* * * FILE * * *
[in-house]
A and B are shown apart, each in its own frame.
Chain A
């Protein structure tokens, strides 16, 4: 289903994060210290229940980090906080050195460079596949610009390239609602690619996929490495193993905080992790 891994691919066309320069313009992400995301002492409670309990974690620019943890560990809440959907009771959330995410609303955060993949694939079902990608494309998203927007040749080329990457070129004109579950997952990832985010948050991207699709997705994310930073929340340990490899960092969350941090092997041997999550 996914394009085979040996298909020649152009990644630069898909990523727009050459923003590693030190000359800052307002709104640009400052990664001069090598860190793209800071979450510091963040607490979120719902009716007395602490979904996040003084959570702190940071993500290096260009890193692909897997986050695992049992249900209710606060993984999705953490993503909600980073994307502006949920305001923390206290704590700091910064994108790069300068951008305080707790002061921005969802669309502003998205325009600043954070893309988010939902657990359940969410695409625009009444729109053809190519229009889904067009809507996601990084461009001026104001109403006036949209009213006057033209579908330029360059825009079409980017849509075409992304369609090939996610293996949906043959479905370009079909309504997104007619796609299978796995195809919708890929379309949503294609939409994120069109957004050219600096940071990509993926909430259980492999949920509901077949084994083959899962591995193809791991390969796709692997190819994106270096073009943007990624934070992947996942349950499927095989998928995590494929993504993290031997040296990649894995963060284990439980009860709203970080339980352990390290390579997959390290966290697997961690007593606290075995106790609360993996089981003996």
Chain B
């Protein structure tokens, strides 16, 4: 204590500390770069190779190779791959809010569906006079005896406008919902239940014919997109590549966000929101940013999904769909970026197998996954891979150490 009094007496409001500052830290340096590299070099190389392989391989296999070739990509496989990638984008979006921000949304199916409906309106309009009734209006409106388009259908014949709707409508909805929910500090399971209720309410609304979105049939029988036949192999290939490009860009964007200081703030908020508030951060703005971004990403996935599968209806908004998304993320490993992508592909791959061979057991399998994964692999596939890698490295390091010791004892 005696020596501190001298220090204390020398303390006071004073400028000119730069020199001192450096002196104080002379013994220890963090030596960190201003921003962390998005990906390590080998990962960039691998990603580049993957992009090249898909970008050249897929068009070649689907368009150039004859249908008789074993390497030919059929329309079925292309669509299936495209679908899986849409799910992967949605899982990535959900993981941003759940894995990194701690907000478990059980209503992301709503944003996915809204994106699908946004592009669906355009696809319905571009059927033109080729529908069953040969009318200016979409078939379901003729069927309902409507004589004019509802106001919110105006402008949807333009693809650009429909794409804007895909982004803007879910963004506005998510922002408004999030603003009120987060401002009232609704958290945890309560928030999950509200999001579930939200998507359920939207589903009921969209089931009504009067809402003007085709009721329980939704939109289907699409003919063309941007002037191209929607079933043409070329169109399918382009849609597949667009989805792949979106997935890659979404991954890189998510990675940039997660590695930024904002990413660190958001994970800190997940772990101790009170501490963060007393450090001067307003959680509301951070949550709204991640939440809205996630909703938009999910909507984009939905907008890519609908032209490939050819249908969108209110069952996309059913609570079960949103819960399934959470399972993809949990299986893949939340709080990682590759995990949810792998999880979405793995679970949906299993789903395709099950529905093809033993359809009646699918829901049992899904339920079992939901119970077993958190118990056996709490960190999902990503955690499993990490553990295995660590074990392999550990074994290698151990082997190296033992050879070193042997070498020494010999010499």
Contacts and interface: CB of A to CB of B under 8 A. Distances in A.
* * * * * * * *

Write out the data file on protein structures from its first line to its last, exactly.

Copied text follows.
[in-house]
A and B are shown apart, each in its own frame.
Chain A
């Protein structure tokens, strides 16, 4: 289903994060210290229940980090906080050195460079596949610009390239609602690619996929490495193993905080992790 891994691919066309320069313009992400995301002492409670309990974690620019943890560990809440959907009771959330995410609303955060993949694939079902990608494309998203927007040749080329990457070129004109579950997952990832985010948050991207699709997705994310930073929340340990490899960092969350941090092997041997999550 996914394009085979040996298909020649152009990644630069898909990523727009050459923003590693030190000359800052307002709104640009400052990664001069090598860190793209800071979450510091963040607490979120719902009716007395602490979904996040003084959570702190940071993500290096260009890193692909897997986050695992049992249900209710606060993984999705953490993503909600980073994307502006949920305001923390206290704590700091910064994108790069300068951008305080707790002061921005969802669309502003998205325009600043954070893309988010939902657990359940969410695409625009009444729109053809190519229009889904067009809507996601990084461009001026104001109403006036949209009213006057033209579908330029360059825009079409980017849509075409992304369609090939996610293996949906043959479905370009079909309504997104007619796609299978796995195809919708890929379309949503294609939409994120069109957004050219600096940071990509993926909430259980492999949920509901077949084994083959899962591995193809791991390969796709692997190819994106270096073009943007990624934070992947996942349950499927095989998928995590494929993504993290031997040296990649894995963060284990439980009860709203970080339980352990390290390579997959390290966290697997961690007593606290075995106790609360993996089981003996």
Chain B
């Protein structure tokens, strides 16, 4: 204590500390770069190779190779791959809010569906006079005896406008919902239940014919997109590549966000929101940013999904769909970026197998996954891979150490 009094007496409001500052830290340096590299070099190389392989391989296999070739990509496989990638984008979006921000949304199916409906309106309009009734209006409106388009259908014949709707409508909805929910500090399971209720309410609304979105049939029988036949192999290939490009860009964007200081703030908020508030951060703005971004990403996935599968209806908004998304993320490993992508592909791959061979057991399998994964692999596939890698490295390091010791004892 005696020596501190001298220090204390020398303390006071004073400028000119730069020199001192450096002196104080002379013994220890963090030596960190201003921003962390998005990906390590080998990962960039691998990603580049993957992009090249898909970008050249897929068009070649689907368009150039004859249908008789074993390497030919059929329309079925292309669509299936495209679908899986849409799910992967949605899982990535959900993981941003759940894995990194701690907000478990059980209503992301709503944003996915809204994106699908946004592009669906355009696809319905571009059927033109080729529908069953040969009318200016979409078939379901003729069927309902409507004589004019509802106001919110105006402008949807333009693809650009429909794409804007895909982004803007879910963004506005998510922002408004999030603003009120987060401002009232609704958290945890309560928030999950509200999001579930939200998507359920939207589903009921969209089931009504009067809402003007085709009721329980939704939109289907699409003919063309941007002037191209929607079933043409070329169109399918382009849609597949667009989805792949979106997935890659979404991954890189998510990675940039997660590695930024904002990413660190958001994970800190997940772990101790009170501490963060007393450090001067307003959680509301951070949550709204991640939440809205996630909703938009999910909507984009939905907008890519609908032209490939050819249908969108209110069952996309059913609570079960949103819960399934959470399972993809949990299986893949939340709080990682590759995990949810792998999880979405793995679970949906299993789903395709099950529905093809033993359809009646699918829901049992899904339920079992939901119970077993958190118990056996709490960190999902990503955690499993990490553990295995660590074990392999550990074994290698151990082997190296033992050879070193042997070498020494010999010499």
Contacts and interface: CB of A to CB of B under 8 A. Distances in A.